4. The High Court, however, confirmed the acquittal of A-4 on a different ground namely on the question of identification. The High Court while accepting the prosecution version to the extent namely that one of the assailants in the first instance shot at the deceased, however, gave the benefit of doubt to A-4 on the ground that at the earliest moment A-4 was described as Puggawala and that the identification parade does not inspire confidence and that the identification of A-4 by P.Ws. 2 to 6 was not free from doubt.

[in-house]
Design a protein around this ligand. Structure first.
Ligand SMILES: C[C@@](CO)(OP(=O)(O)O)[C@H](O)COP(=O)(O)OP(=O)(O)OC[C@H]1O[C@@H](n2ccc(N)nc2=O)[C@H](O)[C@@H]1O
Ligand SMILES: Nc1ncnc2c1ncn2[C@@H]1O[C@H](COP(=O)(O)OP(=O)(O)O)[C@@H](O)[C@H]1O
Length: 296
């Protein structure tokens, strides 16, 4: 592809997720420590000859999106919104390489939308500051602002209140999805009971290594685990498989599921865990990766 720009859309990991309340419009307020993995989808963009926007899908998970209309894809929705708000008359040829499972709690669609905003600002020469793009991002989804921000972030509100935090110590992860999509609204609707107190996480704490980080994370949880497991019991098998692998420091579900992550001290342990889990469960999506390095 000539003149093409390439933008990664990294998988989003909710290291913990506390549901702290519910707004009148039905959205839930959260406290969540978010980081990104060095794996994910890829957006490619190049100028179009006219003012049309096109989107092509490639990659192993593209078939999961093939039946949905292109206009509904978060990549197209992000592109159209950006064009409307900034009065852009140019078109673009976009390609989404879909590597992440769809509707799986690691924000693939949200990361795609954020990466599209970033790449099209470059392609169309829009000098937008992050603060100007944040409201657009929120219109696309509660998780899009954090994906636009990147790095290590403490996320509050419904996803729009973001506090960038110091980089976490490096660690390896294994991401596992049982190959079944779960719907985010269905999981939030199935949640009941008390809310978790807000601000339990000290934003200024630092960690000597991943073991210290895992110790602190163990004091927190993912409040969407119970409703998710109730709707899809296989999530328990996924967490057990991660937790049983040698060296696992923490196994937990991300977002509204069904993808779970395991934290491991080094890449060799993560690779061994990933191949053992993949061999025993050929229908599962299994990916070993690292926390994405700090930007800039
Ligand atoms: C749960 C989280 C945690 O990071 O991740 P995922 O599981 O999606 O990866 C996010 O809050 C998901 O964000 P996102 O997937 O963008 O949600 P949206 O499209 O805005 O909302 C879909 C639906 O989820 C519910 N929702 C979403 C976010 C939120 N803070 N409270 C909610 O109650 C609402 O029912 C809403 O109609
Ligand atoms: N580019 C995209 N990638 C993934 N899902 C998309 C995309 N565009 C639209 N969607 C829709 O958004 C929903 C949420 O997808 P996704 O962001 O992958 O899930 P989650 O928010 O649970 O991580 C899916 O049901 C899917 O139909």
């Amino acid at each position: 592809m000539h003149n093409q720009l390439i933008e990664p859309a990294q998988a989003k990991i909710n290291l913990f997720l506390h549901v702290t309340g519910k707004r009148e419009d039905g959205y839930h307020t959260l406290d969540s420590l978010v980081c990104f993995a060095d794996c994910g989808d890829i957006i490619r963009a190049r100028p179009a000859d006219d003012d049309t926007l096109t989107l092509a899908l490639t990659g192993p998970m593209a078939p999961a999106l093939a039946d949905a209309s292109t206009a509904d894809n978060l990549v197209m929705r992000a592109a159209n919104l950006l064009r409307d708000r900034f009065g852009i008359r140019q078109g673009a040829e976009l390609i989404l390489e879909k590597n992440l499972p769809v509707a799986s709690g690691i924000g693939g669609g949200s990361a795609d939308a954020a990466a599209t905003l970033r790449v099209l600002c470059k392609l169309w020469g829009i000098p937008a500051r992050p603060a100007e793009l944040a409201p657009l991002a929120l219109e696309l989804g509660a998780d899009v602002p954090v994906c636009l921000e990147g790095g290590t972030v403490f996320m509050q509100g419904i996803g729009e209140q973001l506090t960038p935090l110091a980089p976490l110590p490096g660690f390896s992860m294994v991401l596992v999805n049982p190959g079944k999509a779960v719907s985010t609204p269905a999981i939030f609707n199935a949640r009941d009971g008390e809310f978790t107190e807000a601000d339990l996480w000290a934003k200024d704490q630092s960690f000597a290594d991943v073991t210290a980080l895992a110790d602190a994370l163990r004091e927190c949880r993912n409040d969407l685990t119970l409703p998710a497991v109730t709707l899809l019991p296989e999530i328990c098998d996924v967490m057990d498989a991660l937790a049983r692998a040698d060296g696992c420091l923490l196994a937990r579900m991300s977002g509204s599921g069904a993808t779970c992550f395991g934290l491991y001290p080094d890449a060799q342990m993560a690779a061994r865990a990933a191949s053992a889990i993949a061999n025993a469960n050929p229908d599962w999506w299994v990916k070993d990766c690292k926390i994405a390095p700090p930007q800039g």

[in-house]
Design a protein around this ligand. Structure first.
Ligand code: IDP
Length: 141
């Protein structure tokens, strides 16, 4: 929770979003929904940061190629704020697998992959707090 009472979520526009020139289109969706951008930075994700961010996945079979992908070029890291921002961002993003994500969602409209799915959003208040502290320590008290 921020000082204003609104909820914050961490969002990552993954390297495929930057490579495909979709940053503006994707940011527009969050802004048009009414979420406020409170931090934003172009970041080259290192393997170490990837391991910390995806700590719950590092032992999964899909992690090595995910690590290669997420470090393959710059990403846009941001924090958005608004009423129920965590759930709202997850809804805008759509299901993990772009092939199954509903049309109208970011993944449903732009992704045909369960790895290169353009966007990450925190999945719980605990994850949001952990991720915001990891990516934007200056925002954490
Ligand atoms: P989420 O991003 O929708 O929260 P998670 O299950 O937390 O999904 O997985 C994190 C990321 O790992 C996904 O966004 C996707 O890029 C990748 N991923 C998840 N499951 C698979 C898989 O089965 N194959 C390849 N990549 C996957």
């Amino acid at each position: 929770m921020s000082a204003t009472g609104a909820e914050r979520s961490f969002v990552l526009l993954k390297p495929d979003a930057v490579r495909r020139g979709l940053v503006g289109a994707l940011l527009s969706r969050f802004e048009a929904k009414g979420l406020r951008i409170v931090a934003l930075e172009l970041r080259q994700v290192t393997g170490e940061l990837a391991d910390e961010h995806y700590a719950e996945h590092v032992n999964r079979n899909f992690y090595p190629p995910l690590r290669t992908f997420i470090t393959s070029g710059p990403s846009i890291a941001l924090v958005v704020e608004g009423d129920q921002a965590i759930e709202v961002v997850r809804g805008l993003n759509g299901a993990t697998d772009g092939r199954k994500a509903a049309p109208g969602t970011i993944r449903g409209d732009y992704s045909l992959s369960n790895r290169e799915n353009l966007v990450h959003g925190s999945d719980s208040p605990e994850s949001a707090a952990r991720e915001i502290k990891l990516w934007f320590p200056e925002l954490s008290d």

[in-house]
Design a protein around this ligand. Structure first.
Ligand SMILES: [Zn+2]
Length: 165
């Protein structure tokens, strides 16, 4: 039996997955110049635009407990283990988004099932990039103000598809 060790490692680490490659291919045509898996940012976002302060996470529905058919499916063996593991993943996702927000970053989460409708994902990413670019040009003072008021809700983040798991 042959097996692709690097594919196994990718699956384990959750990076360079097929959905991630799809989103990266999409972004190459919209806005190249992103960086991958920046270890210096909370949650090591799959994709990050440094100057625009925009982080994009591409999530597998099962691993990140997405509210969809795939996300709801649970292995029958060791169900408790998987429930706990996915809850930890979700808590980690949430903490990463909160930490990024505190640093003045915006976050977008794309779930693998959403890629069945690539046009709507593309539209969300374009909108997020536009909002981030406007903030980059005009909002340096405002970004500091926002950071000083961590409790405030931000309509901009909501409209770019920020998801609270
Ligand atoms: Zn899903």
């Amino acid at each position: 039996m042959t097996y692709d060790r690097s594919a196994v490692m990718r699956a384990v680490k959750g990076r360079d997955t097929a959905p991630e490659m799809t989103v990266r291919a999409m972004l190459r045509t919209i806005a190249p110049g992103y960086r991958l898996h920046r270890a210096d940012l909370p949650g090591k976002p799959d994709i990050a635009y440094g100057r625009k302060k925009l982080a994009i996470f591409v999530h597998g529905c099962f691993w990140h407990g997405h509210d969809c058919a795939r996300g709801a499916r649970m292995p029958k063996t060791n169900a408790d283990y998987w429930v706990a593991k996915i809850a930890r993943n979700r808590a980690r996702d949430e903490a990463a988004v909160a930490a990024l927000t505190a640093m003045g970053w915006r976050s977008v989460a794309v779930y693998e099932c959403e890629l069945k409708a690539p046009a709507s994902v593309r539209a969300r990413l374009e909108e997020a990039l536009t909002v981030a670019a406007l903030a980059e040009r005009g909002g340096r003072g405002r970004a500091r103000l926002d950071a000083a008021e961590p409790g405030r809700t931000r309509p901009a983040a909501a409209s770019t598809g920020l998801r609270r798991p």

5. Learned counsel for the appellants submitted that the view taken by the learned Sessions Judge is not unreasonable and therefore the High Court was not justified in taking a different view in an appeal against acquittal. The learned Sessions Judge referred to the medical evidence and by a strange process of reasoning rejected the evidence of the eye-witnesses holding that the medical evidence does not show that there were fire-arm injuries. The learned trial Judge after referring to the observations made by Dr. Modi and another learned author took a wholly incorrect view regarding the nature of the wounds. He entered into an unnecessary discussion regarding the nature and colour of the injuries namely whether they were burnt or they had burnt edges etc. in spite of the medical evidence being very clear. The evidence of the Doctor regarding injuries Nos. 9 and 10 and 17 to 19 leaves no room for doubt that the deceased was shot with fire-arm. But the learned Sessions Judge by counting the number of entry and exit wounds again held that the nature of the fire arms used was in doubt. Suffice it to say that the learned Sessions Judge took a most erroneous and unrealistic approach in appreciating the medical evidence as well as the evidence of the direct witnesses. The learned Sessions Judge also commented that there was no reason why P.W.2 should be selected to lodge the complaint when there were other relatives of the deceased. We are unable to see as to how that can be a ground to reject the evidence of P.W.2 On the other hand, the evidence of P.W.2 appears to be quite natural and inspires confidence. In the earliest report she has given all the details. In the cross-examination she asserted that she woke up at 5 A.M., immediately took bath and went to the temple. Regarding her presence at the scene of occurrence she has clearly stated that the deceased came to the temple and was going away and a little behind him, she herself and P.W. 3 were going and then they saw the attack. Some part of the cross-examination is about the identity of A-4. She admitted in the cross-examination that she identified A-4 on the basis of his teeth namely that he did not have lower teeth. The High Court gave benefit of doubt to A-4 doubting the authenticity of the identification. In such a situation so far as the part played by A-1 to A-3 is concerned, we do not find anything significant in the cross- examination which affects the veracity of these evidence. She denied the suggestion that her statement was recorded in the afternoon and that she did not go to the Police Station. Likewise P.W. 3 also was cross-examined at length and she affirmed her version and gave details of the attack by the appellants. The evidence of these two witnesses is further supported by the the evidence of other witnesses. The High Court has rightly accepted their evidence. The view taken by the High Court is the only reasonable view and we see no grounds to come to a different conclusion. The appeal is accordingly dismissed.